Giving the game away (nearly)

Forget that spoiler alert! Go on, do it! It’s time to give away the story!

What?

Give away the story? Or at least part of it? Am I being serious?

juneStrangely yes. This week reading June by Miranda Beverley-Whittmore, I was struck by her clear statement of the events that would unfold in the course of the novel.

On page 4 she writes of the delights to come: of “the dark, terrifying night Lindie bashed in the man’s head, his hot brains quivering on her fingertips yes; but also the open, shimmering promise of the movie stars; the silky noose of the blackmail around everything the girls had come to love; the soft open moans of the stolen kisses; and the baby.”

What a great way to draw the reader in! Do I want to read on to learn about murder, blackmail, movie stars, stolen kisses and a baby? You bet I do.

So here’s the writing exercise. This one requires you have something already written – perhaps a short story you have never quite been happy with (I know I have a couple that fall into this category). Take the story and at an early point, say in the first 3 paragraphs, tell the reader what drama will unfold. Not the final resolution. That would be a real spoiler and you will notice that Miranda Beverly-Whittemore keeps back plenty. There is no indication as to who the murder victim is, who is the blackmailer or who is going to have a baby. Instead the reader has questions, all of which will be answered by the time the novel wraps up.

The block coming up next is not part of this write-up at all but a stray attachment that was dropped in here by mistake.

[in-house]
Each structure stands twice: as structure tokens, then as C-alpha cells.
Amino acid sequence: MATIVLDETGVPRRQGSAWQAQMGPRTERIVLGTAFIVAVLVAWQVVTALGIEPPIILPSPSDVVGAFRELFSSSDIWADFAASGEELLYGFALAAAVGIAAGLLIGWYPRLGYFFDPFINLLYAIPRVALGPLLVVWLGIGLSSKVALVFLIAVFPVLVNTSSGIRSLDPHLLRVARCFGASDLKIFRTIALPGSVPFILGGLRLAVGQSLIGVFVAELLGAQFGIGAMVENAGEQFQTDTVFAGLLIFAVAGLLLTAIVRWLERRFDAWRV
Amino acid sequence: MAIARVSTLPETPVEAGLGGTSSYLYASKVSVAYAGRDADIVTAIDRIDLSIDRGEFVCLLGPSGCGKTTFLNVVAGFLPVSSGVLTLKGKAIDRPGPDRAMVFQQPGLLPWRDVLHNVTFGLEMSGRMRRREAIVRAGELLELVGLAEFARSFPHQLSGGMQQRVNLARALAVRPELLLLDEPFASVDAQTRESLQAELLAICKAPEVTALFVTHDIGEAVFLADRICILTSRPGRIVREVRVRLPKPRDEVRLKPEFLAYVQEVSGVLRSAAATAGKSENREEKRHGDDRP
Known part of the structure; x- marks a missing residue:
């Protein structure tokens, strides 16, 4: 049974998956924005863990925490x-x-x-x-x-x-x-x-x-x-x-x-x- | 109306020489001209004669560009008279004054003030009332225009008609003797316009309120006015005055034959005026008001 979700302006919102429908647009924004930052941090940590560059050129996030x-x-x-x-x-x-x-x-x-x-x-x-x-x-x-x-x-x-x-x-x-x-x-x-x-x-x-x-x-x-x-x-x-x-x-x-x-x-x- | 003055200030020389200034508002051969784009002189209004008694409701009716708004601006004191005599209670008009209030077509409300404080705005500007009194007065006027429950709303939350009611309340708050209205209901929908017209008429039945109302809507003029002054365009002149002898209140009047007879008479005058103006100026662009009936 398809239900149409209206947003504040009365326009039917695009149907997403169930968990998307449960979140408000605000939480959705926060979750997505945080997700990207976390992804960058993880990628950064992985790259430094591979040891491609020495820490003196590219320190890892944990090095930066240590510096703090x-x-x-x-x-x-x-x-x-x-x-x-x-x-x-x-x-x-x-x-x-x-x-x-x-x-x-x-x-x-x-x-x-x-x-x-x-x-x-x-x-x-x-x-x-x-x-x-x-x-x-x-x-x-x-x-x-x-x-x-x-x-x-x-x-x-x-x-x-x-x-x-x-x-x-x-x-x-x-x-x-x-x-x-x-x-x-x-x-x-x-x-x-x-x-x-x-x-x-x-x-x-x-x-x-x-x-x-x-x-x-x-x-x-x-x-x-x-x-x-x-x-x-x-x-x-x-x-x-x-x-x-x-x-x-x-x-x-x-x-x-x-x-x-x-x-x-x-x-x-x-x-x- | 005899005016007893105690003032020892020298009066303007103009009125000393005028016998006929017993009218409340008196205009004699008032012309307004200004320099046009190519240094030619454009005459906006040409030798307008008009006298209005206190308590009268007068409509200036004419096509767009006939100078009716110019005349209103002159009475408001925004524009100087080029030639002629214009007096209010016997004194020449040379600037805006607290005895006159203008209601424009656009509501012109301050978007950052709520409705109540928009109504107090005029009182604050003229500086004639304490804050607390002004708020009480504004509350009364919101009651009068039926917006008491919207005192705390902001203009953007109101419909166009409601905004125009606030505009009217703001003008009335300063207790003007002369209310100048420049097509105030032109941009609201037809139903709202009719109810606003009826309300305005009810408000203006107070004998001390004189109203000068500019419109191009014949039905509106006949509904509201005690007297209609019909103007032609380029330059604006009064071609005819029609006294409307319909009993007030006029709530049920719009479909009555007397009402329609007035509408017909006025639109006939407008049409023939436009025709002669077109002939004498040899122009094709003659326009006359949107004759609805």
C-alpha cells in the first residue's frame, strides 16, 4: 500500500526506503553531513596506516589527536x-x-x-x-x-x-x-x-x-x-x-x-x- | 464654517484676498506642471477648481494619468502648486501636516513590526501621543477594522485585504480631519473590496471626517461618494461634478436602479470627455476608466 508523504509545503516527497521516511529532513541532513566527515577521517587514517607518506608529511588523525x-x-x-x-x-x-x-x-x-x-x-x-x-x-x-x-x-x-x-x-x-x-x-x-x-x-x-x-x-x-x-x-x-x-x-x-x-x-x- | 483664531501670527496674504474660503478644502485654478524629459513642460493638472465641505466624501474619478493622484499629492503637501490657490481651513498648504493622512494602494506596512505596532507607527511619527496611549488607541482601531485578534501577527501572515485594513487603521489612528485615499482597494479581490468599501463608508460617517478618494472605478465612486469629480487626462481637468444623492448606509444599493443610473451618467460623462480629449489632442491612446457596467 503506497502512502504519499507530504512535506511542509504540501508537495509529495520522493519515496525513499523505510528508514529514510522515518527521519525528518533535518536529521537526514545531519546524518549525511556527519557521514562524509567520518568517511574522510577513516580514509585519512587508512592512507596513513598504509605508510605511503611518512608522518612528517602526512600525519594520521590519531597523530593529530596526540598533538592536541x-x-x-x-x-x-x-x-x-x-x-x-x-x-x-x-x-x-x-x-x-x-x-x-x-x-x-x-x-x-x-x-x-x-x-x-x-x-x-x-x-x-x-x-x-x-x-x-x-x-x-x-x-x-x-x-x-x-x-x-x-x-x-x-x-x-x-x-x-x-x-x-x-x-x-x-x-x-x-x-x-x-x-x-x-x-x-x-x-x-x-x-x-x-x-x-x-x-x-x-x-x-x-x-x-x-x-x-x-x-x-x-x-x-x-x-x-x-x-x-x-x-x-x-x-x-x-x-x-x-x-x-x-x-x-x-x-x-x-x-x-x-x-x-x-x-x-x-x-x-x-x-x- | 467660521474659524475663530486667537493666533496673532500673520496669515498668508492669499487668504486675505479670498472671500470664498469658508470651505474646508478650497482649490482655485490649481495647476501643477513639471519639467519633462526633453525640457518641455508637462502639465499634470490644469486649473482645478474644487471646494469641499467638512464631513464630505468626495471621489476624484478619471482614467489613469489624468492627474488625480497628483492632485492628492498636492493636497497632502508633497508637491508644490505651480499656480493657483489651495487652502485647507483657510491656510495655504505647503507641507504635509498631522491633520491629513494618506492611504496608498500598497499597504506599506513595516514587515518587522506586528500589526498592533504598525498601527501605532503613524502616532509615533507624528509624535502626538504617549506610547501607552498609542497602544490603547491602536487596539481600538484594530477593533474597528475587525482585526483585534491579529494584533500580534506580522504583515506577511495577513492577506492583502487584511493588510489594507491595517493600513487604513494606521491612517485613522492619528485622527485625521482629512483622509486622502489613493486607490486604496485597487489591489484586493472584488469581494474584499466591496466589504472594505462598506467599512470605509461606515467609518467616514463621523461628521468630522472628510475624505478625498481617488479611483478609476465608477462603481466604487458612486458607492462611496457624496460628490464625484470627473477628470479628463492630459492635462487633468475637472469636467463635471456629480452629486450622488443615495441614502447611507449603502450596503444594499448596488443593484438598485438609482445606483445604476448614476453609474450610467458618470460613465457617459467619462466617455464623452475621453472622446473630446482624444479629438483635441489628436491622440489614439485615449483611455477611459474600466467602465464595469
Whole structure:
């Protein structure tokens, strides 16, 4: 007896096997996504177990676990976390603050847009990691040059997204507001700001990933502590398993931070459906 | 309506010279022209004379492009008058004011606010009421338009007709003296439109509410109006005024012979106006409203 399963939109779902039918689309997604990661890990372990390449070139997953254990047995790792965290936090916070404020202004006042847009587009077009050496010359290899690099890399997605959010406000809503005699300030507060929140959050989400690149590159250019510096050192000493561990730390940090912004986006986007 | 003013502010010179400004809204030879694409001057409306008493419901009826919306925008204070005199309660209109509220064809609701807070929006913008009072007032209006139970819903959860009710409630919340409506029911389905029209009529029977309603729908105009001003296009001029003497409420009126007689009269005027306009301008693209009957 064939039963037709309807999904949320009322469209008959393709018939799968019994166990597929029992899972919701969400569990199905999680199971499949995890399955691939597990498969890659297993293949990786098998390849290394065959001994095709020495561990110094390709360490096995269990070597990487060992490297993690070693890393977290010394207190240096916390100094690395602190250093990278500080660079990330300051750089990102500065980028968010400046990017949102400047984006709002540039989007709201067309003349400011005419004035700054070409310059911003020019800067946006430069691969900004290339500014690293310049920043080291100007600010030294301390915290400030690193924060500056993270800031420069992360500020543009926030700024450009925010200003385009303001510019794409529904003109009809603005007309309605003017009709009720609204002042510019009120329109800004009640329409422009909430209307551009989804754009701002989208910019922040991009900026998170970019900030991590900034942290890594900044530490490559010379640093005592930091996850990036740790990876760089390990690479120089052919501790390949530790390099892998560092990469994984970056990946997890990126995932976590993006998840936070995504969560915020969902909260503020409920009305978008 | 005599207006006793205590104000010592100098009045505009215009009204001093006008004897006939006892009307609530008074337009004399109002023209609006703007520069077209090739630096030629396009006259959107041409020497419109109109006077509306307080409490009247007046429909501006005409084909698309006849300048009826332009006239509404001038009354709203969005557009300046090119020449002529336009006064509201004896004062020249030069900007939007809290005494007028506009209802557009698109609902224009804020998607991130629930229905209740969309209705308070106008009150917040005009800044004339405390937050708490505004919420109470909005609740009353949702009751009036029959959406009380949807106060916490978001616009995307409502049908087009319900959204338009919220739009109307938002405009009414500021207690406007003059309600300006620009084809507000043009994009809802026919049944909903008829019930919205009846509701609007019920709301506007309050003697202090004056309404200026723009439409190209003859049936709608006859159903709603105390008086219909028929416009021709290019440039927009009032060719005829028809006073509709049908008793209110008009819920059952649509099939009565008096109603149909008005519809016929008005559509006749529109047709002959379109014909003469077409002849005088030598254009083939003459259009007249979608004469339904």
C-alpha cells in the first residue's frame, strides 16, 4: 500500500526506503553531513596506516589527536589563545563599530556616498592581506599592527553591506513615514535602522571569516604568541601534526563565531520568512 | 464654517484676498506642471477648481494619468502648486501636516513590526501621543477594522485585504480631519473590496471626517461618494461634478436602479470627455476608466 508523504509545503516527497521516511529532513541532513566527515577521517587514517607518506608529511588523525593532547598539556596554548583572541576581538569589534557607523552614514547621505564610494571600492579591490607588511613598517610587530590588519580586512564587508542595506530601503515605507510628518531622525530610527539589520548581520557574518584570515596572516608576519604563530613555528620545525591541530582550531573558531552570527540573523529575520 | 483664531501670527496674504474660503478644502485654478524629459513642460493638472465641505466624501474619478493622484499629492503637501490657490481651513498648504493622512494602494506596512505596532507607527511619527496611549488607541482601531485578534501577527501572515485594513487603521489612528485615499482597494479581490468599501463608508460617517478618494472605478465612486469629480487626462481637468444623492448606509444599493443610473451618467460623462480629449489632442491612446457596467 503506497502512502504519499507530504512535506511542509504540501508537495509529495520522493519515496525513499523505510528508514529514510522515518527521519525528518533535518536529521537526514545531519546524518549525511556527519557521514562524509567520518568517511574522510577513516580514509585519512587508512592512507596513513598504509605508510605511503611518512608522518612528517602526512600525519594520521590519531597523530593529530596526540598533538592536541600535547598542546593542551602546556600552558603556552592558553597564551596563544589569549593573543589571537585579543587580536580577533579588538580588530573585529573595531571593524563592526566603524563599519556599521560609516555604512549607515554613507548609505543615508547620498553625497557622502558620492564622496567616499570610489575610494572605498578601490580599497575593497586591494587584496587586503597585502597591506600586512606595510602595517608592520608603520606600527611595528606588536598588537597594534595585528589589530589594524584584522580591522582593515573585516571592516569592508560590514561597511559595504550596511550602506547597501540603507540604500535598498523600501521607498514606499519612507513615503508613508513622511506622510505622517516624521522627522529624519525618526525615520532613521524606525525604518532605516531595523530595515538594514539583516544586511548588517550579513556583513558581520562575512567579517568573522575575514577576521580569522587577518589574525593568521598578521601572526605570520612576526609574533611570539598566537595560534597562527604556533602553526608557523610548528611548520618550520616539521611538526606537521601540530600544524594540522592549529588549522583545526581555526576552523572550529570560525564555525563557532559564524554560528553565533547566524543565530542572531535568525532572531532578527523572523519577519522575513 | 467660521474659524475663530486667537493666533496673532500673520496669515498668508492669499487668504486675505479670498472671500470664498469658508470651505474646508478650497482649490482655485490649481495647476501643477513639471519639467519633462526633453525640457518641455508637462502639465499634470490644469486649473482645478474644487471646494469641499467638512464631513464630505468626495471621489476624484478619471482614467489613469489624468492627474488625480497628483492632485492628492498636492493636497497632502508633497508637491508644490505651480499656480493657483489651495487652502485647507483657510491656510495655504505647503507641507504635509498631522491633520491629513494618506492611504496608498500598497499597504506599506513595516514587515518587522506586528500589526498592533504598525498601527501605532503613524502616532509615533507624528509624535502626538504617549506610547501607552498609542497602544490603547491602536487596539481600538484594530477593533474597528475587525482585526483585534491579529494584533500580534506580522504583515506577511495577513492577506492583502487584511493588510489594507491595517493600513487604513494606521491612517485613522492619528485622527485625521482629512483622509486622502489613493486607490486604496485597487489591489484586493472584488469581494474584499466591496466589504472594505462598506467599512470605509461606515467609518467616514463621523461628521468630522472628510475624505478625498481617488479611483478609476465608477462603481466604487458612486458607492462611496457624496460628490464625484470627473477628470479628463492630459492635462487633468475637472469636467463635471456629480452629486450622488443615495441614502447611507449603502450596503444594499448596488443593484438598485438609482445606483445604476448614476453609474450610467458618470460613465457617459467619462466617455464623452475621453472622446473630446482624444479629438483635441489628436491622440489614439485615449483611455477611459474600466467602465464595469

So do the same with your writing. Let your reader continue on their journey with questions needing answered. But see if this signalling of events in store makes your story more compelling.

I think it just might.

 

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